A combination of file photos shows Israeli Education Minister Naftali Bennett speaking in Jerusalem on May 14, 2018, and Yesh Atid Party leader Yair Lapid giving a speech in Tel Aviv, Israel, on March 24, 2021.

Ammar Awad; Amir Cohen | Reuters

It was a breakthrough in the eleventh hour in the truest sense of the word.

Less than 30 minutes before his midnight appointment, Israeli opposition leader Yair Lapid announced on Wednesday evening that he and Naftali Bennett – the tech millionaire who leads one of Israel’s far-right minority parties – had reached an agreement to form a ruling coalition that went on for a long time Could displace time. Prime Minister Benjamin Netanyahu. The coalition also includes an Islamist party, the first time in Israeli history that an Arab party has joined a government alliance.

It’s big business. The controversial Netayahu, leader of the right-wing Likud party, is Israel’s longest serving prime minister and, despite numerous allegations of corruption, is 12 years in power, which he denies.

And this newly formed alliance of his opponents only came about after four unsuccessful elections in less than two years.

The deal for Lapid and Bennett is based on the agreement that Bennett, who leads the right-wing minority party Yamina, will become prime minister until 2023, with center leader Lapid as foreign minister. At that point, Lapid would take over the office of prime minister.

But it’s not over yet – Netanyahu still has some time to fight back as the vote to confirm the new administration is not expected in about 12 days.

And the fragile coalition between Lapid and Bennett and the parties whose support they had to win in order to achieve the magic number of a majority of 61 seats in the Israeli parliament or the Knesset amazes many viewers. The parties that make up the likely future government of Israel represent a variety of different political ideologies: right, left, centrist – and Islamist.

“Significant” restrictions on power

Lapid, the 57-year-old former television presenter and finance minister, has been described as politically center-left. He supports a two-state solution with the Palestinians and the maintenance of secular values. Bennett and his right-wing Yamina party are uncompromisingly nationalistic and support the expansion of Israeli-Jewish settlements in the occupied West Bank, which has repeatedly sparked conflict and international condemnation.

The Arab-Islamist Raam party, an unlikely partner in the alliance, is likely to push for more money and better treatment of the Arab-Israeli communities.

What they all have in common is the desire to depose Netanyahu. Bennett was, in fact, a protégé of Netanyahu who previously served as his Secretary of Defense. Under the agreement with Lapid, Bennett is about to become prime minister.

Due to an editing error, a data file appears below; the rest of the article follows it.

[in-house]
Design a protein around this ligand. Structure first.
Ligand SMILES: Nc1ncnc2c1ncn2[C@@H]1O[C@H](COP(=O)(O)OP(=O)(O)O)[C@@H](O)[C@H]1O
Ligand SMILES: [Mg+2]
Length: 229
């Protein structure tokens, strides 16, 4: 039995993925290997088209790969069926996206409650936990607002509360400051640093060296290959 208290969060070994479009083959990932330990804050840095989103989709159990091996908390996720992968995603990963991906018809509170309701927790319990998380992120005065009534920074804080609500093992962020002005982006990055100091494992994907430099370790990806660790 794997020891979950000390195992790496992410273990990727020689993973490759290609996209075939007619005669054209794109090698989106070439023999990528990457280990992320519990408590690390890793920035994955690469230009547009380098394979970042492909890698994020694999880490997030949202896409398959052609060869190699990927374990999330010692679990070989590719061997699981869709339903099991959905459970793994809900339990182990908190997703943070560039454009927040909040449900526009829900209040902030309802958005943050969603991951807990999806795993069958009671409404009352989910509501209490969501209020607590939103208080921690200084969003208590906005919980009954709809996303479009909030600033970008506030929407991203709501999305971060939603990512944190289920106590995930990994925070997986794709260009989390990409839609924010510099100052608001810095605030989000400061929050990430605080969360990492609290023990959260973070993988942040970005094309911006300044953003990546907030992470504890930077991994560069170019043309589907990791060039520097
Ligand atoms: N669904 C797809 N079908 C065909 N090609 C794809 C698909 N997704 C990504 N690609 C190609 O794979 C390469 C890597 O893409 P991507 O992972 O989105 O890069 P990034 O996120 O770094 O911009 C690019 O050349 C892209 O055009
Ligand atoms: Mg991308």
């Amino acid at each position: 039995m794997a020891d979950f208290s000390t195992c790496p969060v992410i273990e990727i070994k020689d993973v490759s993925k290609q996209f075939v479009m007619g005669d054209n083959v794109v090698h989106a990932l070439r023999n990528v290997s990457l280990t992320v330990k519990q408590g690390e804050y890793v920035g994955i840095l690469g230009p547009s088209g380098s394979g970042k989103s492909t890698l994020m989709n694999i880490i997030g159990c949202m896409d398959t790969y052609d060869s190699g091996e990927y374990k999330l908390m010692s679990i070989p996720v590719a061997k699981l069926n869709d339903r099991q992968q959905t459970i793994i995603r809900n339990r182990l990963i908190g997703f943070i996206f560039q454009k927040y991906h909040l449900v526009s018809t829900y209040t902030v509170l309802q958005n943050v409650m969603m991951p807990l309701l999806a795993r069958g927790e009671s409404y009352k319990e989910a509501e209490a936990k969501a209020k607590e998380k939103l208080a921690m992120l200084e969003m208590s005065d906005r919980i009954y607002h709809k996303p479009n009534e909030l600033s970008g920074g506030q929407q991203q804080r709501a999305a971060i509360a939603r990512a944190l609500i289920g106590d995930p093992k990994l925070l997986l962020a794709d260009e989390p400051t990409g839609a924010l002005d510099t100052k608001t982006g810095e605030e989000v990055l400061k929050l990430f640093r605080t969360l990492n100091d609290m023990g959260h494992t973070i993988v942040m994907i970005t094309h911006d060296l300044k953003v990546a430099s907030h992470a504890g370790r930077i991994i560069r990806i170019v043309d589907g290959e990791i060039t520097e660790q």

But even if he does become Prime Minister, Bennett will be far more limited in his options, as his power rests on the support of so many other parties with dramatically different ideologies.

“Even to the extent that (Bennett’s) ideology is similar to that of Netanyahu, or even more restrictive on some issues, the restrictions are far greater than anything Netanyahu has faced,” said Ofer Zalzberg, director of the Middle East program at the Herbert C. Kelman Institute told CNBC from Jerusalem.

“Lapid’s veto must be passed for every important decision,” said Zalzberg. “Lapid publicly supports a two-state solution and publicly rejects any form of annexation, so from this point of view, Lapid’s party is also considerably larger than Bennett’s and there are other left-wing parties in the coalition. … So Bennett’s ideology will face significant coalition restrictions. ”

The coalition will also depend on active support for the Islamist Raam party and passive support for other Arab parties, added Zalzberg – which “may lead to its overthrow.”

“It is unprecedented that an Israeli coalition should be based on the active support of a non-Zionist Arab party. So this coalition will have an interest in treating the Arab Palestinian citizens of Israel differently, ”he said.

Another approach to Washington?

At the same time, “Lapid is pragmatic. He’s not left, he’s not right, he’s pragmatic,” said Gideon Rahat, senior fellow at the Israel Democracy Institute and faculty member of the political science faculty at the Hebrew University of Jerusalem. “If there was a settlement that would ensure Israel’s security, he would support it.”

Lapid and Bennett advocate liberal economic policies and judicial reform, Rahat said. But “Bennett is tougher on security. … As for the Palestinians, it is clear that Bennet is right-wing and Lapid is pragmatic.”

Both leaders want to improve Israel’s relationship with the US Democratic Party and loudly criticized Netanyahu’s heavy reliance on the Republican Party – particularly the Donald Trump wing – for support.

“In contrast to Netanyahu, the emerging coalition is more interested in promoting bipartisan support for Israel in the US,” said Zalzberg.

“The coalition will want more cooperative relationships with the Biden government. … It will probably have to at least find ways to drive improvements in the quality of life for the Palestinians, and this should be done in a way that is visible in order to gain acceptance and goodwill in Washington. ”